How to freeze vegetables

An assortment of red, orange and yellow peppers, asparagus and onion

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What steps are involved in the freezing process?

Blanching — dipping in boiling water and then in ice water — is the key to successful vegetable freezing. All vegetables (except tomatoes and peppers) should be blanched to slow or stop the enzyme action that can cause loss of flavor, color, and texture. Blanching time is very important and varies by vegetable variety and size. Under-blanching increases enzyme activity and is actually worse than not blanching at all! Over-blanching causes loss of flavor, color, vitamins, and minerals. Follow the directions or watch the video below to get started.

  1. Place water in a large kettle and bring it to a rolling boil. Use on gallon of water per pound of vegetables, or approximately 2 cups of prepared vegetables.
  2. Clean and cut vegetables as needed.
  3. Place vegetables in a wire basket or a perforated blancher insert and immerse in boiling water. The water should return to a boil within one minute. If it takes longer, vegetables will be soggy.
  4. Cover and start counting blanching time as soon as the water returns to a boil.
  5. Keep on high heat for the time given in the timing chart.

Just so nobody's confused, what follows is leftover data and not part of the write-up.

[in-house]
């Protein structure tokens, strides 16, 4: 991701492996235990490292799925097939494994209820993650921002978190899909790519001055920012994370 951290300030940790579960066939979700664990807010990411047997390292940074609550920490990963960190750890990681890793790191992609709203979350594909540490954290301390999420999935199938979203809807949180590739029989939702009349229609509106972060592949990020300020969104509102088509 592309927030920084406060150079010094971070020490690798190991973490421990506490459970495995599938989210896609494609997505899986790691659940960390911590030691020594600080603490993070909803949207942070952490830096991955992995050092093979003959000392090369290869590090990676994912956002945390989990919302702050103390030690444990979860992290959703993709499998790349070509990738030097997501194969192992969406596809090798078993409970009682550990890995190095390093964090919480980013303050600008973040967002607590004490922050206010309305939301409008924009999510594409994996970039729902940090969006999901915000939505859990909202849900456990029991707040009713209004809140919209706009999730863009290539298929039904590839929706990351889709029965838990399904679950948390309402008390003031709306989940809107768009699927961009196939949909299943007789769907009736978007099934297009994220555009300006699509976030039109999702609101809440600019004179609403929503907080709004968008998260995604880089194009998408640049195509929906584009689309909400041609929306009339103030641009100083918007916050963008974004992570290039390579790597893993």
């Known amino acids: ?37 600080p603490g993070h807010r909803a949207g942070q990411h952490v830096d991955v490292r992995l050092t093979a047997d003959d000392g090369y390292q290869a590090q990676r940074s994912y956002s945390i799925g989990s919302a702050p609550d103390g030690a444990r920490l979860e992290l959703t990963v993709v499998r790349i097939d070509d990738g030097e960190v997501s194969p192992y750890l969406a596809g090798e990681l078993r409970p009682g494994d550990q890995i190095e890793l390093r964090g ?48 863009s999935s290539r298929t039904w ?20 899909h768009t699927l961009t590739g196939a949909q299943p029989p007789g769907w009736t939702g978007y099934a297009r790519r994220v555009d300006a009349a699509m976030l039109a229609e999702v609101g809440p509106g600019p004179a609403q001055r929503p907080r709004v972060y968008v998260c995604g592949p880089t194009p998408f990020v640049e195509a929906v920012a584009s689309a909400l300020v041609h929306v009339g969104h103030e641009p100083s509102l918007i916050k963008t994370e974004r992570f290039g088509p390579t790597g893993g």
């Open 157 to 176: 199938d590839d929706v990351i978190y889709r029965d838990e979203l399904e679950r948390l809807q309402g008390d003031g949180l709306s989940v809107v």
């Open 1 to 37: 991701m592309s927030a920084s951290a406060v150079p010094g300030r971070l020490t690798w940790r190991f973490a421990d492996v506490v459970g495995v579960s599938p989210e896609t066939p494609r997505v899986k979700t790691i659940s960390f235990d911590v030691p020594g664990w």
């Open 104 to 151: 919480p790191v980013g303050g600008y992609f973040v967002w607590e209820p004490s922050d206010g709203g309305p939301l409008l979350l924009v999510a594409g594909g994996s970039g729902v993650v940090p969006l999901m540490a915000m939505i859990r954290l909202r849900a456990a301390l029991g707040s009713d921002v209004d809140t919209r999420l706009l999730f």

6. Cool immediately in ice water for the same time used in blanching. Stir vegetables several times during cooling.
  7. Drain vegetables thoroughly.
  8. Pack the vegetables either by dry pack or tray pack. Dry pack: Pack vegetables tightly into containers or freezer bags. Press out air and seal tightly. Tray pack: Put a single layer of the vegetables on a shallow pan and put the pan into the freezer. As soon as the vegetables are frozen, put them into a freezer bag or container. Press out air and seal tightly.
  9. Freeze. Frozen vegetables will maintain high quality for 12 to 18 months at 0° F or lower.

How long does the blanching process take?

VegetableTime (minutes)
Asparagus 3
Beans (snap, green, or wax)3
Beans (lima, butter, or pinto)3
Brussels sprouts4
Carrots (small or whole)5
Carrots (sliced, diced, or strips)2
Corn on the cob9
Greens – collards5
Greens – all others2
Green peas1.5 -2.5
Peppers (strips or rings)3
Summer squash3

What containers should I use?

Three freezer bags full of different produce

Freezer containers should keep moisture in the product and keep air out.

  • Look for easy-to-seal, durable, and easy-to-mark containers that are reasonably priced.
  • Use containers ½ gallon or smaller. Larger containers freeze too slowly and ice crystals will form.
  • Use plastic containers, flexible freezer bags, or wide-mouth glass jars (narrow-mouth jars may break at the neck). Consider square or rectangle shaped containers to save freezer space by stacking. Containers that are not specifically made for freezing shouldn’t be used as the food will develop freezer burn.